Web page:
In the Netherlands – with a slight change of orientation compared to the North (B, 15ᵒ), there are also differences between the beginning of the season and it’s following stages.
When the orientation of greenhouses is clearly different from the North (C, 110ᵒ & D 65ᵒ) the accumulation curve shows the same pattern at the beginning of the season and it’s following stages, with a break between the two parts of the season.
Table 2 shows the absolute yield of the rows, as well as the calculation of the differences between the rows.
In addition, a calculation was conducted to present differences between the rows that are greater than + 0.005 kg/m² or less than -0.005 kg/m². This calculation took into account differences in the course of the season, when one line was lower than the other on a certain date and then this row became inferior to the second row.
The above phenomenon is also expressed in Figure No. 4:
There seems to be a large difference between locations, in the range of higher than +0.005 or less than -0.005.
This phenomenon is more pronounced in locations where greenhouse orientation is significantly different than North – South ( compare D&C to A&B).
It appears that differences in growth rates between row sides in this study are a consistent pattern of the phenomenon.
The differences between east and the west can be explained by differences in photosynthesis efficiency between morning and afternoon. This phenomenon was quoted in several crops.
However, the present study does not provide any scientific explanation to the phenomenon observed in this study: The difference and pattern between the two sides of rows in the beginning of the season and in the late stage of the season is unclear.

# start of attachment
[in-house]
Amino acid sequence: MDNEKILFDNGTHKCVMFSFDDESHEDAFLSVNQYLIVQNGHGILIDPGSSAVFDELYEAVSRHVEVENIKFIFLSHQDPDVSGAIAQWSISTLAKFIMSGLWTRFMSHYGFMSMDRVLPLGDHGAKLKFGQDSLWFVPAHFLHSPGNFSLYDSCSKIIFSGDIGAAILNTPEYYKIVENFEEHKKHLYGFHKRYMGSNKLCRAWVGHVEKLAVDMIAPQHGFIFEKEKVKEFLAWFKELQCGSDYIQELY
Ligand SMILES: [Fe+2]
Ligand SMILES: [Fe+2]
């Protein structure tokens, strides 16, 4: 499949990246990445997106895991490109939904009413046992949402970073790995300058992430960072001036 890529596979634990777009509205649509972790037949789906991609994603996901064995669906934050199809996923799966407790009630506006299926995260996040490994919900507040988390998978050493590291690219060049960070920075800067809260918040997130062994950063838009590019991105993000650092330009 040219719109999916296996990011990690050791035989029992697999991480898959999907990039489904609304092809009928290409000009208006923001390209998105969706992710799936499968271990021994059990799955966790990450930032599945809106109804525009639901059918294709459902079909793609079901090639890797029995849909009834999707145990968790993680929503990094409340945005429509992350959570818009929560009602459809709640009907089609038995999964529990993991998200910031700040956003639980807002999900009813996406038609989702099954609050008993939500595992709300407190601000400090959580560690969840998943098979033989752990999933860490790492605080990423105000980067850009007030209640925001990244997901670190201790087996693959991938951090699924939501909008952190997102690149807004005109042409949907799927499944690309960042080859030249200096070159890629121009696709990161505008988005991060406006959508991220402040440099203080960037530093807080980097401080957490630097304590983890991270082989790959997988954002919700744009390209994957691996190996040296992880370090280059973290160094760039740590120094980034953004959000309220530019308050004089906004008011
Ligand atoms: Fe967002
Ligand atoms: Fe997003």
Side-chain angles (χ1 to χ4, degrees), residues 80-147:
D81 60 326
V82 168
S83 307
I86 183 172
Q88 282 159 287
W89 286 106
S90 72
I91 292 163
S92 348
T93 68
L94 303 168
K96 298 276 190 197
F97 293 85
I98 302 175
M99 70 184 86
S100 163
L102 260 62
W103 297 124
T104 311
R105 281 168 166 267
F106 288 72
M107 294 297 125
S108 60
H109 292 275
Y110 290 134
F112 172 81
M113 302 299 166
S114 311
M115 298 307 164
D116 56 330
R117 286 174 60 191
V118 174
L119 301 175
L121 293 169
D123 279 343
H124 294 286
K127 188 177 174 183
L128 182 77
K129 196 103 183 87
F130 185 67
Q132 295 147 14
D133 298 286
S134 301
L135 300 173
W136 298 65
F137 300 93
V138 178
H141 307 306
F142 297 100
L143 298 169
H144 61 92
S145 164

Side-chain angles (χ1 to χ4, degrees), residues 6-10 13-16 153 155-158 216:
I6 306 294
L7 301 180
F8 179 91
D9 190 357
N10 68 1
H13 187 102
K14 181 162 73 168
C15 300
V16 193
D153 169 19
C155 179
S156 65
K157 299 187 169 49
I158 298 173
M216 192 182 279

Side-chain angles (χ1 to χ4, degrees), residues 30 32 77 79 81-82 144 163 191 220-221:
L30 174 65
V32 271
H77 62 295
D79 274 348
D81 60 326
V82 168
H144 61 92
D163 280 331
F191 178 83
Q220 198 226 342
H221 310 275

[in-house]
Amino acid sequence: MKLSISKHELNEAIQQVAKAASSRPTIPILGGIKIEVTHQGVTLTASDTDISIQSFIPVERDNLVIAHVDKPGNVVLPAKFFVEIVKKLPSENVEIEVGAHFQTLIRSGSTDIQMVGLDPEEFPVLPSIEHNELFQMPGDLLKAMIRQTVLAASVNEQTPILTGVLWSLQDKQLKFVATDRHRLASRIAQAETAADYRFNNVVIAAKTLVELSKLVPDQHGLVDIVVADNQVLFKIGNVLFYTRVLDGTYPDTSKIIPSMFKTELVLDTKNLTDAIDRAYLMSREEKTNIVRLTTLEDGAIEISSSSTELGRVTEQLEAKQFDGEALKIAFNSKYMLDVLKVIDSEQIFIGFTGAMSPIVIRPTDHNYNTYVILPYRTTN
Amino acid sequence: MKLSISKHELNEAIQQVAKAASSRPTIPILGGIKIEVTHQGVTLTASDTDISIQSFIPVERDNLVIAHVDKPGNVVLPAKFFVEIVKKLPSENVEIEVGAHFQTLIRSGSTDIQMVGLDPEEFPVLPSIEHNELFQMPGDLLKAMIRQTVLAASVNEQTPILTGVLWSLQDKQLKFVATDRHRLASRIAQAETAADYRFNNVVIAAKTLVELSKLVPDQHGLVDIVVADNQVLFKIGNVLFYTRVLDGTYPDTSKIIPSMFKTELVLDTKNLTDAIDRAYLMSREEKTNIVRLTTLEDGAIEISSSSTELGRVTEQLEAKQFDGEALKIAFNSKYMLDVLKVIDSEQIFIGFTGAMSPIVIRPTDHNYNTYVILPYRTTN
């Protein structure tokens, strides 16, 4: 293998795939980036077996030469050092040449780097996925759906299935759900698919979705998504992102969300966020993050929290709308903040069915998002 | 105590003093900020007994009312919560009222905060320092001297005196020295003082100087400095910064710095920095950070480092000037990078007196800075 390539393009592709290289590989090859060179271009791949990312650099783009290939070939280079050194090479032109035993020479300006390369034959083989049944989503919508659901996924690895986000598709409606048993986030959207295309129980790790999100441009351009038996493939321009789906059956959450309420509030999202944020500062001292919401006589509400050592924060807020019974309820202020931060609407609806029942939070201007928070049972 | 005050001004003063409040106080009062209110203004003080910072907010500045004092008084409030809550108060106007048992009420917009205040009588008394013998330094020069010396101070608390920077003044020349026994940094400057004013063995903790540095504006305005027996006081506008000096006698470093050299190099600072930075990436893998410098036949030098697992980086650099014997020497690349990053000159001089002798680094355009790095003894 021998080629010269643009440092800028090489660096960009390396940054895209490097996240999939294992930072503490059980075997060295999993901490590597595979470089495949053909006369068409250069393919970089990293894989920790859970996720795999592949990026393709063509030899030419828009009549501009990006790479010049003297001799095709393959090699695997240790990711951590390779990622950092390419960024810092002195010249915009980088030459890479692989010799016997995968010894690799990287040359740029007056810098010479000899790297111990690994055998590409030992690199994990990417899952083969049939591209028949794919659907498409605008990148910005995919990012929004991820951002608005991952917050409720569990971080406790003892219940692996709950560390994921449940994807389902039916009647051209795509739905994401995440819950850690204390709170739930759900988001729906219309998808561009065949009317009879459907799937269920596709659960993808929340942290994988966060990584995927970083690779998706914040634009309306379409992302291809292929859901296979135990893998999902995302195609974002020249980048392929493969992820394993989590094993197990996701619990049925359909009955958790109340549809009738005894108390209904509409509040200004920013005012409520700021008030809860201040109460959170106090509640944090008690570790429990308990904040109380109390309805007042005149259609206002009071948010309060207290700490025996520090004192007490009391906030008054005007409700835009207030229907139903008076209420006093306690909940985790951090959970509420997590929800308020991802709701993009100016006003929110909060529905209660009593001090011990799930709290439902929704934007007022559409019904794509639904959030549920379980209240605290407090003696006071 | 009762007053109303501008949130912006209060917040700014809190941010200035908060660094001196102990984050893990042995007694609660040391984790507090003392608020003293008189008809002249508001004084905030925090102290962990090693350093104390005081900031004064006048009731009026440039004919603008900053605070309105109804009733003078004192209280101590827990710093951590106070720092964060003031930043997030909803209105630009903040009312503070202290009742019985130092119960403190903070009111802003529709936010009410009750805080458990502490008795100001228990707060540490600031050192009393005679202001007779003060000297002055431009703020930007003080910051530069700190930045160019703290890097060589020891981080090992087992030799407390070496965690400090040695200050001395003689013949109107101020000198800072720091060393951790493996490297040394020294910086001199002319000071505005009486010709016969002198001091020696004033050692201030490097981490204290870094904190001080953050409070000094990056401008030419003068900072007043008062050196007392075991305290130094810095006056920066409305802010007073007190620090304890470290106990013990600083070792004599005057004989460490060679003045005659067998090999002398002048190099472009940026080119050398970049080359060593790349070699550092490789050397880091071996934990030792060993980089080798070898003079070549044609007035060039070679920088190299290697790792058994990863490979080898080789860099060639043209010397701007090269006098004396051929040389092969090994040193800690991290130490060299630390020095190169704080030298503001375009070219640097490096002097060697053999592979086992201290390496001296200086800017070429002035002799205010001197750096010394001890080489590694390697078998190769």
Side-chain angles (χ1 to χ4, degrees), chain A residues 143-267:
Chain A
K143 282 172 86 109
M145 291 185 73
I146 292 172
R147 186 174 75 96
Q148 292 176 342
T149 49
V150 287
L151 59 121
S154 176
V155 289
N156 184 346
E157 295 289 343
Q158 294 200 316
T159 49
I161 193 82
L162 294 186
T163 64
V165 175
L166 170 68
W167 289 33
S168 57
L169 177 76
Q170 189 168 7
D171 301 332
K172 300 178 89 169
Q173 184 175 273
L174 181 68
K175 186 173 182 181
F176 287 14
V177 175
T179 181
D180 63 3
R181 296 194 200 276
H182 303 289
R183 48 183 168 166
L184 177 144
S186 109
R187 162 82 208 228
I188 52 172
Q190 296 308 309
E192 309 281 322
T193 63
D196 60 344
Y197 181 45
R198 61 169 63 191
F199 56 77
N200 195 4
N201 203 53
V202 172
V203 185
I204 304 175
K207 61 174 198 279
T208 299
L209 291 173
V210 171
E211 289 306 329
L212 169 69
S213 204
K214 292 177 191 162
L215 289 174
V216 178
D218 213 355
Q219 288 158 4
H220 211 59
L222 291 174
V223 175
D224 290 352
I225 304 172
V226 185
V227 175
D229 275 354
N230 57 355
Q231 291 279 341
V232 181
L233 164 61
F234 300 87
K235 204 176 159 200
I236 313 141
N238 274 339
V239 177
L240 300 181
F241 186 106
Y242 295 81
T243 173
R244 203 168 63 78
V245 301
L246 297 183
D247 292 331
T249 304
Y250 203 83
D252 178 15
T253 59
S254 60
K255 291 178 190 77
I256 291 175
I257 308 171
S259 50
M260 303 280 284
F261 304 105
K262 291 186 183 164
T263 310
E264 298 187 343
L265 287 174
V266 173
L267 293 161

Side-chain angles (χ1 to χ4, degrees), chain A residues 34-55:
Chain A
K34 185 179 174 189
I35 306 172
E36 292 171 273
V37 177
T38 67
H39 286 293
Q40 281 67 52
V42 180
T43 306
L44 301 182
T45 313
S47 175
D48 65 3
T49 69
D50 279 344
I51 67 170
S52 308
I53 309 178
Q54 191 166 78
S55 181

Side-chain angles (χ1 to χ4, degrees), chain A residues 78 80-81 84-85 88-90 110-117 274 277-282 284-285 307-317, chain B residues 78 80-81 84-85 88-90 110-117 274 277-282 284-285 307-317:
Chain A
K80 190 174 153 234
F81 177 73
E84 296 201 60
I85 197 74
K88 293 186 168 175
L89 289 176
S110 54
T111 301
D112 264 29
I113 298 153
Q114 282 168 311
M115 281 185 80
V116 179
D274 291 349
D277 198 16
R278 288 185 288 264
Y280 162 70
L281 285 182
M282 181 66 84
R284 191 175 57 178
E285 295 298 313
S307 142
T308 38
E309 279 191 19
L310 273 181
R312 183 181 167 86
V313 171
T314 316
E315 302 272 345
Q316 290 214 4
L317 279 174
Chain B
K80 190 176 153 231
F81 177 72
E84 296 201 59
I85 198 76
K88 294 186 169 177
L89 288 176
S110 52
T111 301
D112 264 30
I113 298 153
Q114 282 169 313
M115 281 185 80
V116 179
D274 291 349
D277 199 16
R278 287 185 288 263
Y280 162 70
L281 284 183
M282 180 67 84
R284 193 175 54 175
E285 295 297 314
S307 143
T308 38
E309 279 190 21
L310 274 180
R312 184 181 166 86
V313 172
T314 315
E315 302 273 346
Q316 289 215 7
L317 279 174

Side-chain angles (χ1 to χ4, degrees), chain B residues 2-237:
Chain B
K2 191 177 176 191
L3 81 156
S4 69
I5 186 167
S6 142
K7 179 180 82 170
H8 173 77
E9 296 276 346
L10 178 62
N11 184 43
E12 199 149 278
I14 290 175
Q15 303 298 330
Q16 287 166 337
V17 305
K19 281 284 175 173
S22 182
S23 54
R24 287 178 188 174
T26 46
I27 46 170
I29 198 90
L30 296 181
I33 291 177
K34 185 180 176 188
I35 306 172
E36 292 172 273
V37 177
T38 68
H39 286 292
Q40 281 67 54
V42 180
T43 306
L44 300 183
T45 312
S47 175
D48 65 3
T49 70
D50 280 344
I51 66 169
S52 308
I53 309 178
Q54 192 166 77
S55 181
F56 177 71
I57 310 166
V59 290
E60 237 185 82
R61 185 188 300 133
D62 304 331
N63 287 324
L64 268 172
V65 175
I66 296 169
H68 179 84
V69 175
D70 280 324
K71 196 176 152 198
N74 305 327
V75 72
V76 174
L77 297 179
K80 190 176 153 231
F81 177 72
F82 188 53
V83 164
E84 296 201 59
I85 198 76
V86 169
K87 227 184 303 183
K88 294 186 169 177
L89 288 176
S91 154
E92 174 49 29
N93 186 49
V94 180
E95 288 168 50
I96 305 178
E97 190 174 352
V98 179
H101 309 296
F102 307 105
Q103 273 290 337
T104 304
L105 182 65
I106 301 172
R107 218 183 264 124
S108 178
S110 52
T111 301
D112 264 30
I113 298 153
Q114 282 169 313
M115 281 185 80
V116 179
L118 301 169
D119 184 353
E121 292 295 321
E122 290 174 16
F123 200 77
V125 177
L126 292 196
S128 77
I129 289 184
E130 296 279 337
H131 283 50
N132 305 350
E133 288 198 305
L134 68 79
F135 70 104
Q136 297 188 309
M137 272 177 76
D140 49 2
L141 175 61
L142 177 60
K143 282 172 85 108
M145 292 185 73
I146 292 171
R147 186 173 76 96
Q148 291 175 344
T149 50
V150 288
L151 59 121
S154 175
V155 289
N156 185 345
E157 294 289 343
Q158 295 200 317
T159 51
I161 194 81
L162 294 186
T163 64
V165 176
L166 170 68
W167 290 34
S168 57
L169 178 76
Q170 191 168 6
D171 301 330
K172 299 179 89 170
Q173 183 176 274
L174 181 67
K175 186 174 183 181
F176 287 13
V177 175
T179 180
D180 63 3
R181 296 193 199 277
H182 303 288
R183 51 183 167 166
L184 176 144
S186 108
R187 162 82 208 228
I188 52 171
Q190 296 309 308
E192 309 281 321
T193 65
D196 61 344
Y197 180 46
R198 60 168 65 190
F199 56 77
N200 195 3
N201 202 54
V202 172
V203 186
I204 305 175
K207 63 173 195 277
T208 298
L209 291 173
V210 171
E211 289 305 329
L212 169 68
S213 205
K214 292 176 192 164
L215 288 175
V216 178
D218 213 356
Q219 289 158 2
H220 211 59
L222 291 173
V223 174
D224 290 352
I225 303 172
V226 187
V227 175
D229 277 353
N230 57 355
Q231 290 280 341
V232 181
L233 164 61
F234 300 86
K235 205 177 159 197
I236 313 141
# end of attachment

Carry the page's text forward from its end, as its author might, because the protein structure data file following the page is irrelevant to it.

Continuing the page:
It is logical to assume that several factors are involved in this phenomenon, including light intensity, plant development status, plant density, varieties and more. It would be interesting to study the effect of defused light on this issue.
It was clear that greenhouse orientation is linked with this phenomenon, but more research is required to elaborate this subject.
Preliminary observations were conducted for the purpose of improving rows performance by separately lowering the two sides of the rows (Star growers 2013).
This was accompanied by improved light penetration toward the top of the opposite rows and better performance.
Since the accumulated differences between rows varied between 3 to 7 kg/m, it can be estimated that there is an economical potential to minimize the gap between rows by improving light penetration to the shaded row.
This can be done by separately lowering the two rows: Timing and length of lowering should be studied systematically by following on-line the daily growth rate of the two rows .This will enable the grower to manage the process in a controlled manner.